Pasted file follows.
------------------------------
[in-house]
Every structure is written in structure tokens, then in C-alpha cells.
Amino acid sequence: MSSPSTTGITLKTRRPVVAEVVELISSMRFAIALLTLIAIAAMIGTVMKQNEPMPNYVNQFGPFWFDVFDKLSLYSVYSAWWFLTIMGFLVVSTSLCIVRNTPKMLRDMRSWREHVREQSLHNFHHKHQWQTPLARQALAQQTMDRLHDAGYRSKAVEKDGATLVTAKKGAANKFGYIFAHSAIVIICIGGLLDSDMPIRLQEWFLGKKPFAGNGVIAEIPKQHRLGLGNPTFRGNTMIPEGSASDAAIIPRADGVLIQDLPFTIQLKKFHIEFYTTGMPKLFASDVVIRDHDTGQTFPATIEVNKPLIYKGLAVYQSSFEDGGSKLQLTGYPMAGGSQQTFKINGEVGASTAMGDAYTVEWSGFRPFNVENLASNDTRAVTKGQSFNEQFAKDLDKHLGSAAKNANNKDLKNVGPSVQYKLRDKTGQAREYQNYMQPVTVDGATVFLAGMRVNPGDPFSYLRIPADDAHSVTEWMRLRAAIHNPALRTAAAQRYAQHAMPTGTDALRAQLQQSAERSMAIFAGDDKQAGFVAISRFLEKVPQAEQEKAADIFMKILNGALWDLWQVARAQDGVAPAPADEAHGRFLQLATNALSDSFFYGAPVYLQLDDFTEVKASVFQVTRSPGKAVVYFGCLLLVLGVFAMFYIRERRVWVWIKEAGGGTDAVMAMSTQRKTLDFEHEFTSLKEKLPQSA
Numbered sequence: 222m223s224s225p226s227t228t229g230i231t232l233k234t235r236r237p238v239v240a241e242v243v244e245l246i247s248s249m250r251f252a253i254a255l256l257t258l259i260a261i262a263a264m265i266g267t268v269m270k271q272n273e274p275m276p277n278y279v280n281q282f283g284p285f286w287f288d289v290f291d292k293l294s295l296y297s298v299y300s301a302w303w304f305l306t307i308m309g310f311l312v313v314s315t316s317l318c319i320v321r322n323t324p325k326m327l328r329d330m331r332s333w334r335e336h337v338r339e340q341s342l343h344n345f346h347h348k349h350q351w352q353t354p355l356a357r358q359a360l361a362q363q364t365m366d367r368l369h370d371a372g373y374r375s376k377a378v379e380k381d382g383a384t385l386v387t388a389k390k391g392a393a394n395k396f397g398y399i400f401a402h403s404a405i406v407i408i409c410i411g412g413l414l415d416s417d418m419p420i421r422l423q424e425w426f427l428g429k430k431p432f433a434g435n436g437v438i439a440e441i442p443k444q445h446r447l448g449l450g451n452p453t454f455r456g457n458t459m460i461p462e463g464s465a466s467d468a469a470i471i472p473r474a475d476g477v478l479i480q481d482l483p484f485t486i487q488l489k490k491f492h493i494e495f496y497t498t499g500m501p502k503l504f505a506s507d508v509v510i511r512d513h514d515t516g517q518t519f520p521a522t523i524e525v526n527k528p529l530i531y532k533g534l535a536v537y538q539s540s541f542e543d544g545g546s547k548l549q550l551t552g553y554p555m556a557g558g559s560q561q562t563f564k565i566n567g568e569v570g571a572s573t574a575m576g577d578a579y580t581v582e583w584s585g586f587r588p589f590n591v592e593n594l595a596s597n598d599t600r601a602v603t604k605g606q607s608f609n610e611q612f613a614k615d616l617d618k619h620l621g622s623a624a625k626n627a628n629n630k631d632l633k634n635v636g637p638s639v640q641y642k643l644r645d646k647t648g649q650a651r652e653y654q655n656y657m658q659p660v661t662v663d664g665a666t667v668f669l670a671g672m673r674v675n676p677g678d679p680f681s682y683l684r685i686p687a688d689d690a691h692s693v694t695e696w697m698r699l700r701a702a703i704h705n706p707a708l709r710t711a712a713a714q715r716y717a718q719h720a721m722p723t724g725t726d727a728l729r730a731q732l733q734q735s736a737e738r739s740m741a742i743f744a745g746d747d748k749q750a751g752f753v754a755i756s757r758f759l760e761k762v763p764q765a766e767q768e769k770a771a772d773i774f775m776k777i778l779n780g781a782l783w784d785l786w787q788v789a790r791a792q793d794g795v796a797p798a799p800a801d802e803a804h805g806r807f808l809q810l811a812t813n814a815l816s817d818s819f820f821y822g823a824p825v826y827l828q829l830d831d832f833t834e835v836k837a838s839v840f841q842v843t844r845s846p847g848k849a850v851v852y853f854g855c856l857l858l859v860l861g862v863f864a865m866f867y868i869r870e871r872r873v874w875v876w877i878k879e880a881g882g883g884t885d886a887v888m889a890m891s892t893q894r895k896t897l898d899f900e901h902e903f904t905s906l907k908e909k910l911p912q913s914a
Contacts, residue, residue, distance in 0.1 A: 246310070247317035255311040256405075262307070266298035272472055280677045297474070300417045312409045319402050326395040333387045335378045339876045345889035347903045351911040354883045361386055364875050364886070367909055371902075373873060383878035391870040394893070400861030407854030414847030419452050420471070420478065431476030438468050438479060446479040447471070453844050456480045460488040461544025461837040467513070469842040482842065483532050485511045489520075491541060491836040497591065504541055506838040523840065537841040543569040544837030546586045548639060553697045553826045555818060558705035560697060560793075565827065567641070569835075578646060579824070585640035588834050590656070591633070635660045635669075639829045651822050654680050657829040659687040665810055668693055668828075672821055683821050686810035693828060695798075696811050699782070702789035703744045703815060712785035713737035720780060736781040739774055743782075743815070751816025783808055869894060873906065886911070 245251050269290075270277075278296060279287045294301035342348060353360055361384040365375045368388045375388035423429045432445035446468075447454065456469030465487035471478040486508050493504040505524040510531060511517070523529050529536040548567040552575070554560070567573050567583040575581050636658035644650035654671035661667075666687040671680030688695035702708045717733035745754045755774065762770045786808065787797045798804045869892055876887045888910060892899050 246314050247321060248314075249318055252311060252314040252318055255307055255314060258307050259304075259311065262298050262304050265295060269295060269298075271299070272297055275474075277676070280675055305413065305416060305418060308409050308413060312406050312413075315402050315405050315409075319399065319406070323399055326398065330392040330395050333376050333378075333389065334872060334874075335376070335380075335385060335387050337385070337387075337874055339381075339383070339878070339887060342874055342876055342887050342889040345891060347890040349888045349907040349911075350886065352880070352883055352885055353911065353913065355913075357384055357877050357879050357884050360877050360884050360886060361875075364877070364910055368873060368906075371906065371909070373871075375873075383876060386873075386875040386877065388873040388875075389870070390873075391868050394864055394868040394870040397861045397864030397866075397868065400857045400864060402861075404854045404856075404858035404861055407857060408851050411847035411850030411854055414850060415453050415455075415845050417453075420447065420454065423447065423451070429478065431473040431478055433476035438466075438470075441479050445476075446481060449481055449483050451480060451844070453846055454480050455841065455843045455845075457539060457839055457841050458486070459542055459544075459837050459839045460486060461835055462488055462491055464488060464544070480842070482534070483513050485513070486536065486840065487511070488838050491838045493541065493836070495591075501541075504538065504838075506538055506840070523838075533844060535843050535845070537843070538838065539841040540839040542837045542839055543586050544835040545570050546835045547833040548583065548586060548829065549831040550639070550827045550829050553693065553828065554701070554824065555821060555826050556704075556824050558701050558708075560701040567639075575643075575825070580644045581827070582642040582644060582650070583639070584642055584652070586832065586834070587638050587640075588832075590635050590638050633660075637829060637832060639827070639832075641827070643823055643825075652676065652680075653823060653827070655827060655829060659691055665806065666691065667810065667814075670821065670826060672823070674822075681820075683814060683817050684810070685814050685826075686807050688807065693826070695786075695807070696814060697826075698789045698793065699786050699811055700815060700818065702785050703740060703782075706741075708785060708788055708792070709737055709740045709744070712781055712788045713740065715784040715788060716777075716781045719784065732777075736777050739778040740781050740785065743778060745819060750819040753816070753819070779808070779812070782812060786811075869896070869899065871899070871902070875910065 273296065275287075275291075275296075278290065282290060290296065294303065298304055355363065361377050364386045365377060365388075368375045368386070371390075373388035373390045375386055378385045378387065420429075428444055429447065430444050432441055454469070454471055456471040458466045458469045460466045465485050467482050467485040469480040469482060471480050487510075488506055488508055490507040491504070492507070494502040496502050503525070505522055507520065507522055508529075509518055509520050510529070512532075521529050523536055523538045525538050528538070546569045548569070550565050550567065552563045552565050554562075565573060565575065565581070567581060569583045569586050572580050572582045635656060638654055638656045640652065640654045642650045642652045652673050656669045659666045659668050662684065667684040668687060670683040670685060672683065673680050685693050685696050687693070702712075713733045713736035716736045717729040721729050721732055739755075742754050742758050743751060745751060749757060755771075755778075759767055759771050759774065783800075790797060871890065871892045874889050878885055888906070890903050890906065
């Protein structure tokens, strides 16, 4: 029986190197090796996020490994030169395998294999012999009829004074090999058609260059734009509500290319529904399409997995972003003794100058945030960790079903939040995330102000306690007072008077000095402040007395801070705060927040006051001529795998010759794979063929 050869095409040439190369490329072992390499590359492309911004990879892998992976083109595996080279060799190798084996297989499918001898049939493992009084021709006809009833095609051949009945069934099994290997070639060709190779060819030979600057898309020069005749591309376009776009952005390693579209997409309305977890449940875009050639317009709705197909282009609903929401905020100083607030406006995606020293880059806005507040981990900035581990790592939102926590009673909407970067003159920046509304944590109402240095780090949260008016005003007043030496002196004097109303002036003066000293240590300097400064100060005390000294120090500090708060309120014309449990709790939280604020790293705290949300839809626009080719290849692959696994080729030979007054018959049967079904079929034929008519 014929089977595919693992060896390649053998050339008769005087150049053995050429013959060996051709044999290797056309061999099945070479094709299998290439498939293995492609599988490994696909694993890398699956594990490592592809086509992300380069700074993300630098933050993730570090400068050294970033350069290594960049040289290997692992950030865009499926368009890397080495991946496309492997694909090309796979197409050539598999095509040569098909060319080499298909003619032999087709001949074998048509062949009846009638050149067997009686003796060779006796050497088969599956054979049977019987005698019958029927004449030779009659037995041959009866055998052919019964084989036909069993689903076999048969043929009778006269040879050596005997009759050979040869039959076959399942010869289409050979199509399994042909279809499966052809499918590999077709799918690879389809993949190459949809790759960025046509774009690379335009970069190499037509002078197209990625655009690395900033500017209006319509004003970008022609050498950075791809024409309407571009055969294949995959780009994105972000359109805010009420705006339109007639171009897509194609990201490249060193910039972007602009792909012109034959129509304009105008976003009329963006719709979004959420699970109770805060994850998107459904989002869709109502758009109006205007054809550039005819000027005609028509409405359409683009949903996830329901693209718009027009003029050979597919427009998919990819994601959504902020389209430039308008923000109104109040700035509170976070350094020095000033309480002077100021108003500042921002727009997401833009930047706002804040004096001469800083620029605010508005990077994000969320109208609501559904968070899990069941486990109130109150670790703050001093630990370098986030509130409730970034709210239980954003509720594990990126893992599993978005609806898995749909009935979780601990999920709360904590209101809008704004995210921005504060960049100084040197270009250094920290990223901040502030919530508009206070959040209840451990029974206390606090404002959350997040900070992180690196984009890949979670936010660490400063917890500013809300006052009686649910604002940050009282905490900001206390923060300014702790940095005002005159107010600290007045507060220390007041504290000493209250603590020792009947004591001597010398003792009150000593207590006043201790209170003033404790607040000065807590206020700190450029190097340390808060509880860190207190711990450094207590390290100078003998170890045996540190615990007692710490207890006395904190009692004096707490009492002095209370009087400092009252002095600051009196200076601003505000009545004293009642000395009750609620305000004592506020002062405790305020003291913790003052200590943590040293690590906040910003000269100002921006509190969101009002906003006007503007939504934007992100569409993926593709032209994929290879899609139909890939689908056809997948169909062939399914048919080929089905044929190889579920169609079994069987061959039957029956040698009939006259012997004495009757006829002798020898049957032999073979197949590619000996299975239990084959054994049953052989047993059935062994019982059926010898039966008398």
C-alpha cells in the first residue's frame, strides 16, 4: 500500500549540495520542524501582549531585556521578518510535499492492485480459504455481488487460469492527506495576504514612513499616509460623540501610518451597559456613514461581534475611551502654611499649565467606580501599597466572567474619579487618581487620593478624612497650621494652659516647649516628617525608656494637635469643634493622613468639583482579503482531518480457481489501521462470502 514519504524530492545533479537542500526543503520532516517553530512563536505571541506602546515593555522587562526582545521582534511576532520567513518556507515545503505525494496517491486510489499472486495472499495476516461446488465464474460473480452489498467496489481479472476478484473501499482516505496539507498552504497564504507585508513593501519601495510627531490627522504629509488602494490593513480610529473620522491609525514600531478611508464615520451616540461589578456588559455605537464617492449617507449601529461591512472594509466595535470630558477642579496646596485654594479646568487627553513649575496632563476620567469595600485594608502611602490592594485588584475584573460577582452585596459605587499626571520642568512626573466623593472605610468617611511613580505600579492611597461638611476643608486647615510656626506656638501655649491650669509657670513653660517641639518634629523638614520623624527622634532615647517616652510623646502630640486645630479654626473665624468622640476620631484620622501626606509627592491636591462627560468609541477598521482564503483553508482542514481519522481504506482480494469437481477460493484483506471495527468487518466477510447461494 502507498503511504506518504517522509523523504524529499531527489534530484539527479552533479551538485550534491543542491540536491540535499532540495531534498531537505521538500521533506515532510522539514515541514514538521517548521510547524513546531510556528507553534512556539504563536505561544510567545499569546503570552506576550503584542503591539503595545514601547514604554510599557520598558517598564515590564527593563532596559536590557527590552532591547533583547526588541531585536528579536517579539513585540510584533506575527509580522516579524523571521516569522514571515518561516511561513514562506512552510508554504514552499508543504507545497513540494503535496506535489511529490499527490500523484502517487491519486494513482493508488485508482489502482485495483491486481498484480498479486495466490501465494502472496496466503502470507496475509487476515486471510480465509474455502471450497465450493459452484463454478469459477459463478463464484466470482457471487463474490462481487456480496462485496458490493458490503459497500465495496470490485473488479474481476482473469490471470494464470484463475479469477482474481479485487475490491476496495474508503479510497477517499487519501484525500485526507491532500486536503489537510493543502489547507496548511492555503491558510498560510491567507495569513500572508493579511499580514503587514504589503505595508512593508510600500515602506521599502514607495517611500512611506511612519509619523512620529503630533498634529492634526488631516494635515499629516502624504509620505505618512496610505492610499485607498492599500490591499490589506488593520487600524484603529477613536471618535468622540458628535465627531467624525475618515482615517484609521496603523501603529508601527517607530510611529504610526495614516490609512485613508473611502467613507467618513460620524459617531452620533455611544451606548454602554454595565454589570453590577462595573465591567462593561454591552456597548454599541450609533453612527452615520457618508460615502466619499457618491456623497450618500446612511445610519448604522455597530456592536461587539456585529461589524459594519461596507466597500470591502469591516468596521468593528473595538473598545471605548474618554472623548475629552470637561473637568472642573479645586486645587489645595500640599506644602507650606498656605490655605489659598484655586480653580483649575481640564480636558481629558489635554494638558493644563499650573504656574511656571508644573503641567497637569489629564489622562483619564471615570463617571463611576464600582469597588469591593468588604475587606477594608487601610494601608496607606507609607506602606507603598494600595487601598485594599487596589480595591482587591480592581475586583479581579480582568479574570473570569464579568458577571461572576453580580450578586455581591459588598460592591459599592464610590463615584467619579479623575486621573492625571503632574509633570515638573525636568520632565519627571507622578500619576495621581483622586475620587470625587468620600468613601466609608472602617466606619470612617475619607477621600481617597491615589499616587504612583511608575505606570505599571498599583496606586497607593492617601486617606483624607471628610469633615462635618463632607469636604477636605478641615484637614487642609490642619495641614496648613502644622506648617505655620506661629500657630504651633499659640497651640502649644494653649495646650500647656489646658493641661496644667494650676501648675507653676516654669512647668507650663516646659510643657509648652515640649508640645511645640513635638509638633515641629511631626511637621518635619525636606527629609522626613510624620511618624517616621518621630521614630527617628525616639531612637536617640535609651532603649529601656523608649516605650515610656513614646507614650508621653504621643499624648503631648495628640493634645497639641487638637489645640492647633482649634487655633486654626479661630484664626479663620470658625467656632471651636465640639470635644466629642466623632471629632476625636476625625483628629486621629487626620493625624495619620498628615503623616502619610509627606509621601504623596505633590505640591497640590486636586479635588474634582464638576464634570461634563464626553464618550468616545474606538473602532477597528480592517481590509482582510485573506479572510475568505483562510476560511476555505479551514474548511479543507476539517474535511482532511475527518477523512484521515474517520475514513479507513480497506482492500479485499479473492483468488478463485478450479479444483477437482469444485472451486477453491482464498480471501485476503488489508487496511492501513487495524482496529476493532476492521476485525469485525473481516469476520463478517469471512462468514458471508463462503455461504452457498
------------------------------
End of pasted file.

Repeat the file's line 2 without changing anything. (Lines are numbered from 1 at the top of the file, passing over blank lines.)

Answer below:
Every structure is written in structure tokens, then in C-alpha cells.